Donald Trump lives in an endless April Fools' Day, to the point where it's difficult to say that some Trump-related story is more or less believable because it happens to arrive on the first day of April.
Everything Trump says -- it invariably arrives wrapped in reassurances that This Tweet Is A Fantastic Tweet, Very Popular or that Everyone Loves This Line Of Premium Neckties Available Exclusively At 7-Eleven -- scans as a prank. No one does a better Donald Trump imitation than Donald Trump, and his is ruthless.
Another way to say this: the ambient ridiculousness that trails Donald Trump like a cloud of steak-fart and pine cone air freshener scent serves to obscure and overwhelm his every action and utterance. So when Donald Trump talks about buying the Buffalo Bills on April 1, the correct response is to laugh first and assess the idea's relative seriousness later.
Donald Trump is almost never joking. Donald Trump is always serious. He is also always the joke.
But Trump is indeed "looking at" investing in the Bills, according to an interview with a Buffalo radio station. "I know so many people in Buffalo," Trump told WBEN-FM, "and they have asked me about looking at that, and I certainly would look at it." Of course, Trump is also "looking at" running for governor of New York or president of the United States. He is looking at whether vaccines cause autism, and looking at whether Barack Obama was born in this country. He is looking outside, seeing snow on the ground, and then looking at the dubious science behind climate change.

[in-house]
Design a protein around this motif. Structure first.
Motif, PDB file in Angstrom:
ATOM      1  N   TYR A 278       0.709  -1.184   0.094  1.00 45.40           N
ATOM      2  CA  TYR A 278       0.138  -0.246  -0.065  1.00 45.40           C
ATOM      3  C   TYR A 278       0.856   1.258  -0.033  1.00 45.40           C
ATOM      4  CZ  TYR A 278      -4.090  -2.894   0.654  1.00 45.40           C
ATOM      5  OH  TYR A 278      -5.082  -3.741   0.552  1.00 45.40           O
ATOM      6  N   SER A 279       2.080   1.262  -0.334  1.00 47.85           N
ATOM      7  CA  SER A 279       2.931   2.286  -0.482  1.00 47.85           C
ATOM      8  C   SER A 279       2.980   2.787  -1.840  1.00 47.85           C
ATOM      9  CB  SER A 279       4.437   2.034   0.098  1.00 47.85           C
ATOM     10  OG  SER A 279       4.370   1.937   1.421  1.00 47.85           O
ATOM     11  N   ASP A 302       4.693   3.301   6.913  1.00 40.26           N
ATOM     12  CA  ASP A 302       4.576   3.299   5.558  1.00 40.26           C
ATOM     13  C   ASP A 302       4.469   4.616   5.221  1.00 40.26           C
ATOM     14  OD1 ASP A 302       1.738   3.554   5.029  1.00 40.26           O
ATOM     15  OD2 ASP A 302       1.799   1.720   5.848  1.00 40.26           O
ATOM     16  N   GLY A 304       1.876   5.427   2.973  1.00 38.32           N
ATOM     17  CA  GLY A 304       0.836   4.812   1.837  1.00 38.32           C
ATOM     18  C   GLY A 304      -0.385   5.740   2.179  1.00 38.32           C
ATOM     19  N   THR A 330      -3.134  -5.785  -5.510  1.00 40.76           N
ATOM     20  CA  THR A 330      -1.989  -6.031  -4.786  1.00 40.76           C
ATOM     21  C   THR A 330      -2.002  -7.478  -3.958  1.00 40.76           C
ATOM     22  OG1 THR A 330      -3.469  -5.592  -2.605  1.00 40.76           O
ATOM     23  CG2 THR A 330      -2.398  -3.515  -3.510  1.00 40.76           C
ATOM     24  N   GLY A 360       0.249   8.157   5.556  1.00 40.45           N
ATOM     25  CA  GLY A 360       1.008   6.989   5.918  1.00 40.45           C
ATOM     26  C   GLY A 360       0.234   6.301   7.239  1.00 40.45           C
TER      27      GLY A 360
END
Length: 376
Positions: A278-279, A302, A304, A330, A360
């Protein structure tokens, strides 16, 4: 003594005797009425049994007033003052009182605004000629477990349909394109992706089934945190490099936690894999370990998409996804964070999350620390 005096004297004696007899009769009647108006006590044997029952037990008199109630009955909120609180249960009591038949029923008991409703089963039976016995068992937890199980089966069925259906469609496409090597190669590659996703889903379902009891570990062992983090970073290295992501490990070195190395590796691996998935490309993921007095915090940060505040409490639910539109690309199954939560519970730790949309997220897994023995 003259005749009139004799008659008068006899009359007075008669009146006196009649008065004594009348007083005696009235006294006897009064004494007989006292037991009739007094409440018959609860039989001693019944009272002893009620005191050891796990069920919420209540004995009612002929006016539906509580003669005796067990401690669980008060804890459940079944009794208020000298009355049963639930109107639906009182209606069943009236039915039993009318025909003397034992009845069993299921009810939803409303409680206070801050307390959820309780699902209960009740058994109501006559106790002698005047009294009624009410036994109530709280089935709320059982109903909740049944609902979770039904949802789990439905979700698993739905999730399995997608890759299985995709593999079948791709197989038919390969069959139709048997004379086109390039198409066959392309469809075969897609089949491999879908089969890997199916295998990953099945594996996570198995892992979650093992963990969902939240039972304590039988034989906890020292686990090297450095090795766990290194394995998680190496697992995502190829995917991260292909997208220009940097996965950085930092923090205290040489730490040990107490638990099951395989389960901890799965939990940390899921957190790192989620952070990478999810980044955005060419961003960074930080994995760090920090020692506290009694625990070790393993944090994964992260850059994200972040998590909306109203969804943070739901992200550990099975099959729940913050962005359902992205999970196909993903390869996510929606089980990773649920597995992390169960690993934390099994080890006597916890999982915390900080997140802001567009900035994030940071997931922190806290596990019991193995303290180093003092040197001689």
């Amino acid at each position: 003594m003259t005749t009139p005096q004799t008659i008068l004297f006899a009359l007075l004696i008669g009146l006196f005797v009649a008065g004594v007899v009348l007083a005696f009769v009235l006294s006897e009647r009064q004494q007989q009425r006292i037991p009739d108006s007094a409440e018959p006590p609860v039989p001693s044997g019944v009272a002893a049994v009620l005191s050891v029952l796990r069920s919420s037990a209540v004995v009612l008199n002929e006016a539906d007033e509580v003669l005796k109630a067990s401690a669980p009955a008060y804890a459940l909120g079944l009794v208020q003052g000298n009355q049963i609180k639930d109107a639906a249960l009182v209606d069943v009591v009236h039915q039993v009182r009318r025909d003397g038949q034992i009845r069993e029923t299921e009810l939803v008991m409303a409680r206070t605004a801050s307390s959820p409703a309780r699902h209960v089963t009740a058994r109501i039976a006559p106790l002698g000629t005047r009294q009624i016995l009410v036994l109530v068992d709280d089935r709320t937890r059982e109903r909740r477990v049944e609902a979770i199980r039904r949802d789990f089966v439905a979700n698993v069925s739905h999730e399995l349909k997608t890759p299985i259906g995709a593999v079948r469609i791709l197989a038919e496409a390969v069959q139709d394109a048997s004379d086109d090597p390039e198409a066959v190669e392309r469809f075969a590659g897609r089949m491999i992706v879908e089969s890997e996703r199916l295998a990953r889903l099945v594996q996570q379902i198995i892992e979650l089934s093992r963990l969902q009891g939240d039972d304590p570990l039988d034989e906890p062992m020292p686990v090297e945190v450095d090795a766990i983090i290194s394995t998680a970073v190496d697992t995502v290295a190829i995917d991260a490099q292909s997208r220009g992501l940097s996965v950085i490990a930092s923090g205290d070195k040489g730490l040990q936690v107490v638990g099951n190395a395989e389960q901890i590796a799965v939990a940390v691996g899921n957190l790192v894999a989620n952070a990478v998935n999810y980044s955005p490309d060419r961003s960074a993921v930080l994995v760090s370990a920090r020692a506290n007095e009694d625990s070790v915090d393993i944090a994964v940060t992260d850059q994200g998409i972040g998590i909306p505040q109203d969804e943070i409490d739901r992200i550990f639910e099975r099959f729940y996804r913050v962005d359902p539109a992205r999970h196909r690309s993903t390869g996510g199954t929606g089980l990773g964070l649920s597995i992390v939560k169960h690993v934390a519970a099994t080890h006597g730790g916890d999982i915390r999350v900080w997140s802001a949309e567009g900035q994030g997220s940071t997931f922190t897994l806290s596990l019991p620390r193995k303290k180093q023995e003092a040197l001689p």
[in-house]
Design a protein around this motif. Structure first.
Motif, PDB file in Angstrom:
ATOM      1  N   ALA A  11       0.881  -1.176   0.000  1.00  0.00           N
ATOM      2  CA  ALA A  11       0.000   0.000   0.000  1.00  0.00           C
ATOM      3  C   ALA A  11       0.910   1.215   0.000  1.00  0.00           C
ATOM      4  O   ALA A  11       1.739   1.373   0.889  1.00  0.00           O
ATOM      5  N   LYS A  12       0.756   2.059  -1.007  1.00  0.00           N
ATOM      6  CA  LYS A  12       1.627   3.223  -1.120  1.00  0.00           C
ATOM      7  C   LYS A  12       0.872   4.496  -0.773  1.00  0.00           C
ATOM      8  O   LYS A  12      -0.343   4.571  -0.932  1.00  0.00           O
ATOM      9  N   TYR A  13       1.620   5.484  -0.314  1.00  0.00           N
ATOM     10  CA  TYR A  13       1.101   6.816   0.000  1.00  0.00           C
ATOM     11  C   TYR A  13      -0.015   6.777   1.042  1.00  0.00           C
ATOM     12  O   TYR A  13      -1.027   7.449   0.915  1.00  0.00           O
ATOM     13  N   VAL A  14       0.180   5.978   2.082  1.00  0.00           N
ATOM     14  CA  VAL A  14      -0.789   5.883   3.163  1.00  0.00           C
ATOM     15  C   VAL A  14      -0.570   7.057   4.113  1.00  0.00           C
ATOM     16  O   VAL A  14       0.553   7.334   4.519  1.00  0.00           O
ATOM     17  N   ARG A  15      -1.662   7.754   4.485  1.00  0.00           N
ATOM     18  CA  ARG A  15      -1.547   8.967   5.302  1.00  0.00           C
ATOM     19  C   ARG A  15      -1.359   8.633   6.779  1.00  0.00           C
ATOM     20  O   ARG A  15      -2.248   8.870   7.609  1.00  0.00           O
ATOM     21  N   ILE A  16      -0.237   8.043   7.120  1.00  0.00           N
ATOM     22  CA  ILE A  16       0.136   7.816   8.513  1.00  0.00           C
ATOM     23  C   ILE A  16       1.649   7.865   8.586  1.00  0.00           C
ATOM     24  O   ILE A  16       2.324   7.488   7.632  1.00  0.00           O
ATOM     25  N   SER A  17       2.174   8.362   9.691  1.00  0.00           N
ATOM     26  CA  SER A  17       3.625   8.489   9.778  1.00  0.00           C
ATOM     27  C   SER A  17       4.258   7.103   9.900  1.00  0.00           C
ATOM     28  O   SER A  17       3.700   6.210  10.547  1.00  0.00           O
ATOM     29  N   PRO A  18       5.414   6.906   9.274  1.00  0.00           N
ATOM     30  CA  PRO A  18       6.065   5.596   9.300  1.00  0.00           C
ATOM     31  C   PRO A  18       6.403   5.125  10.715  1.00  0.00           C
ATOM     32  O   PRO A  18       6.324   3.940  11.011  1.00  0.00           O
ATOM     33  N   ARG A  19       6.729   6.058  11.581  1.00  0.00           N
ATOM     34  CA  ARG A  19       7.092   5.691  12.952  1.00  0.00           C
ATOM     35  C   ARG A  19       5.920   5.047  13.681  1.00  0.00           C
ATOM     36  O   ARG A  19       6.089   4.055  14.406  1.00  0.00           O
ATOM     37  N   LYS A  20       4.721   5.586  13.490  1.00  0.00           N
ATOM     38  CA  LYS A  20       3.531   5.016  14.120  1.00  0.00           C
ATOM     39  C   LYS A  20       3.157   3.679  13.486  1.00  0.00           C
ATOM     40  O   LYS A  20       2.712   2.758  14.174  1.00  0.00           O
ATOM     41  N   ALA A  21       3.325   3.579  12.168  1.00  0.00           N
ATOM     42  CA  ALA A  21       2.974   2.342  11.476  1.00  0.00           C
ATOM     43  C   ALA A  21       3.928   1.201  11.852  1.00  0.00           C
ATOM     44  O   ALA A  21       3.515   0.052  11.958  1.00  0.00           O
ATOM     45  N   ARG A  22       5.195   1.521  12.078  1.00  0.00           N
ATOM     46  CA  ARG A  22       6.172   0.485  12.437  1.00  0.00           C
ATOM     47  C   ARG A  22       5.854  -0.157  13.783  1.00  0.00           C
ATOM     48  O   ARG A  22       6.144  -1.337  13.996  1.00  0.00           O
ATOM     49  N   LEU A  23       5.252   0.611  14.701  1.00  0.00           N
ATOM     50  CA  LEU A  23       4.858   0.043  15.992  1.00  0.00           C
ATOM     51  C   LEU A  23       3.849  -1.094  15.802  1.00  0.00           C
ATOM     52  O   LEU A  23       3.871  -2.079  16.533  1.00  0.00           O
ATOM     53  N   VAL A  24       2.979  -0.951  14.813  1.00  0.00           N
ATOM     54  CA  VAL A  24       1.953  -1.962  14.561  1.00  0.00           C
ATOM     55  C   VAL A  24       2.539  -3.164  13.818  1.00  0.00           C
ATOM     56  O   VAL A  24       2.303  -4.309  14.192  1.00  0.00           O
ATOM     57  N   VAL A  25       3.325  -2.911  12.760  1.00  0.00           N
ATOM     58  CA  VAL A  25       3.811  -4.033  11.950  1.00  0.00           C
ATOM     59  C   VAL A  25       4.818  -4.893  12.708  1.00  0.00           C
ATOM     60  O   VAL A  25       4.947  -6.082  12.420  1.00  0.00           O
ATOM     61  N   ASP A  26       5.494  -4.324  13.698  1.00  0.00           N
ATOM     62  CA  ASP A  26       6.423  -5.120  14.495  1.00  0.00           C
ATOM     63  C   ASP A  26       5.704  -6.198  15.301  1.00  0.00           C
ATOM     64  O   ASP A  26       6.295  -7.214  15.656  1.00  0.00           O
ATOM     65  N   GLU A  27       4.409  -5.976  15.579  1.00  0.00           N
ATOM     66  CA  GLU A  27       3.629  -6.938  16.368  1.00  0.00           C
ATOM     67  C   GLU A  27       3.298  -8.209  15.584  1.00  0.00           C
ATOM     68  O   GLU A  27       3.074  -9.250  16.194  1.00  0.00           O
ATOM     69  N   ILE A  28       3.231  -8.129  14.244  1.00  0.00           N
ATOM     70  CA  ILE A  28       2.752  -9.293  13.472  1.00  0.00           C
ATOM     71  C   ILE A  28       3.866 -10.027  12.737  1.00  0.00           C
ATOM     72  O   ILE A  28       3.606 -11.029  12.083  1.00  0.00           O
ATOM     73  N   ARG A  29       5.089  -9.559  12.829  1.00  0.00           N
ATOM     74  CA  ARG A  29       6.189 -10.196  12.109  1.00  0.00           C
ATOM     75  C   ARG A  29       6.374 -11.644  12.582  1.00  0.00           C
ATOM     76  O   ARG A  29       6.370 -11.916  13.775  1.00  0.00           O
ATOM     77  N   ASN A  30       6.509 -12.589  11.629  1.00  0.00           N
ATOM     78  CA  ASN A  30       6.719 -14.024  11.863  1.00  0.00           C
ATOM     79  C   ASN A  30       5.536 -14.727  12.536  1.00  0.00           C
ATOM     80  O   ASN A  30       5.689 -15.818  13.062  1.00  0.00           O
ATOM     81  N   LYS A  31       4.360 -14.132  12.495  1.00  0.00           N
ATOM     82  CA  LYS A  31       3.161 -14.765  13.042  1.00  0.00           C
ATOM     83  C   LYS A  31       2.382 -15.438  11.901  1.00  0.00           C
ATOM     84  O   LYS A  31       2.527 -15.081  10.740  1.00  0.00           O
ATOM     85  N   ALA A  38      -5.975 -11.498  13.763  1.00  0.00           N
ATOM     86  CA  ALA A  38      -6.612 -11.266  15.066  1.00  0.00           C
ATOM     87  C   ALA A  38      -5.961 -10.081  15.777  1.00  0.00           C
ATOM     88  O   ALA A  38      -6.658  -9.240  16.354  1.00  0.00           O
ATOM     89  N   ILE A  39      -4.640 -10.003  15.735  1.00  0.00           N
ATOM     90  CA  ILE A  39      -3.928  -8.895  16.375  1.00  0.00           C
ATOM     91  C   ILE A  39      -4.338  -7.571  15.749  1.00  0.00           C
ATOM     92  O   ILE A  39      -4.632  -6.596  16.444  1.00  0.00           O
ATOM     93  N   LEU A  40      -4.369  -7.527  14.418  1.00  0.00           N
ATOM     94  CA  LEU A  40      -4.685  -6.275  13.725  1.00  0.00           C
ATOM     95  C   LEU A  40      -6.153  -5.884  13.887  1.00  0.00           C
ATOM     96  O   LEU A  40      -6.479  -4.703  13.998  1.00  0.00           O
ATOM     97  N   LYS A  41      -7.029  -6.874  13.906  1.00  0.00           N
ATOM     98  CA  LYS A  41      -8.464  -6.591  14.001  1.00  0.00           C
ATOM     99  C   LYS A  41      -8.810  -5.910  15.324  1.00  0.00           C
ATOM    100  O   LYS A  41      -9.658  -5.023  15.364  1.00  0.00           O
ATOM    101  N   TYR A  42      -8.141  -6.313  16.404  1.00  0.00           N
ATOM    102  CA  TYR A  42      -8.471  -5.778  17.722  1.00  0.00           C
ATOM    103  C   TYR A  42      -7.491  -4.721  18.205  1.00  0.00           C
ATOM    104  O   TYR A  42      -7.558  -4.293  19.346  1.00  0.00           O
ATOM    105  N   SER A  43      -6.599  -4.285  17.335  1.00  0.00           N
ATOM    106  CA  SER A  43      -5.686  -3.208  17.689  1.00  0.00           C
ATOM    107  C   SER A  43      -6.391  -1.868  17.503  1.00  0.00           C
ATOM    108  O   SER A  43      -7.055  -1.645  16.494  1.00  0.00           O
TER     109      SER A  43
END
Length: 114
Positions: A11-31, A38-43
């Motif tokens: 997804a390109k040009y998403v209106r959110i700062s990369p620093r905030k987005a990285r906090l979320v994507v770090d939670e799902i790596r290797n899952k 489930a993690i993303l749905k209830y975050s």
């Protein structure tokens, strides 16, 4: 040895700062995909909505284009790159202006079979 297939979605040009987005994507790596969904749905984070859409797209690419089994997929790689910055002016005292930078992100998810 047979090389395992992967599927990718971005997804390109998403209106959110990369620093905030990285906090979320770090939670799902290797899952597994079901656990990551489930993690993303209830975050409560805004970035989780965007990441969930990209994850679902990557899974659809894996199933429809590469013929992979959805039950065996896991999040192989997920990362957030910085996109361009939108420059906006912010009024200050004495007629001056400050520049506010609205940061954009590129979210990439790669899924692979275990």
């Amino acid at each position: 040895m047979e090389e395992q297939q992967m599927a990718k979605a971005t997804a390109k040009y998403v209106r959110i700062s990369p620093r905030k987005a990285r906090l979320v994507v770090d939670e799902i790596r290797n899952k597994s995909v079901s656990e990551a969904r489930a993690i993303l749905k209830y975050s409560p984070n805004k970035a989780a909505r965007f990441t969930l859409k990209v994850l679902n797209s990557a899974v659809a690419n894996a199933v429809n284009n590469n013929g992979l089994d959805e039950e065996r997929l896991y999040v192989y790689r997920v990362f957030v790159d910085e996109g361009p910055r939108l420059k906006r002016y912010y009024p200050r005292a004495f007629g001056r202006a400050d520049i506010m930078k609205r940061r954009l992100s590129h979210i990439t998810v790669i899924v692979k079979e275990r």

Donald Trump looks at a lot of things, his tiny eyes squinting out of his great freezer-burned Creamsicle of a head, his puckered mouth like the knotted end of a Nathan's hot dog. Loosen it, and all kinds of nitrite-plumped filler and noxious meat-bits are going to come spilling out.
Of course Donald Trump isn't going to buy the Buffalo Bills. The Bills are, for all the many people Trump knows in Buffalo -- all big fans, very successful people, who love the show and have told him he'd do a great job as governor -- off-brand for Trump, who is more of a Heavily Leveraged Golf Empire type than a Struggling NFL Franchise In Western New York type. Trump is much better at pretending to be a bold billionaire on television than he is at being one here on Earth.
End of era in Buffalo
Trump will not run for governor or president, because he would lose and look laughable doing it, and also because doing things like that is hard. He will not buy all or part of the Bills because he already tried owning a football team, and wound up bankrupting an entire goddamn league.
It's not just that it's easier for Trump to drop anti-knowledge about vaccinations on Twitter than it is for him to do things like buy NFL teams. It's more that he's much, much better at the former.
This is the special secret competence at the heart of the whole Trump thing. He is a noxious presence in the culture, a clown carved from premium-quality mortadella and one of the most relentlessly ill-informed and ruthlessly self-caricaturing people in American public life. But even if Trump doesn't really know that many people in Buffalo, damned if the guy doesn't know his limitations.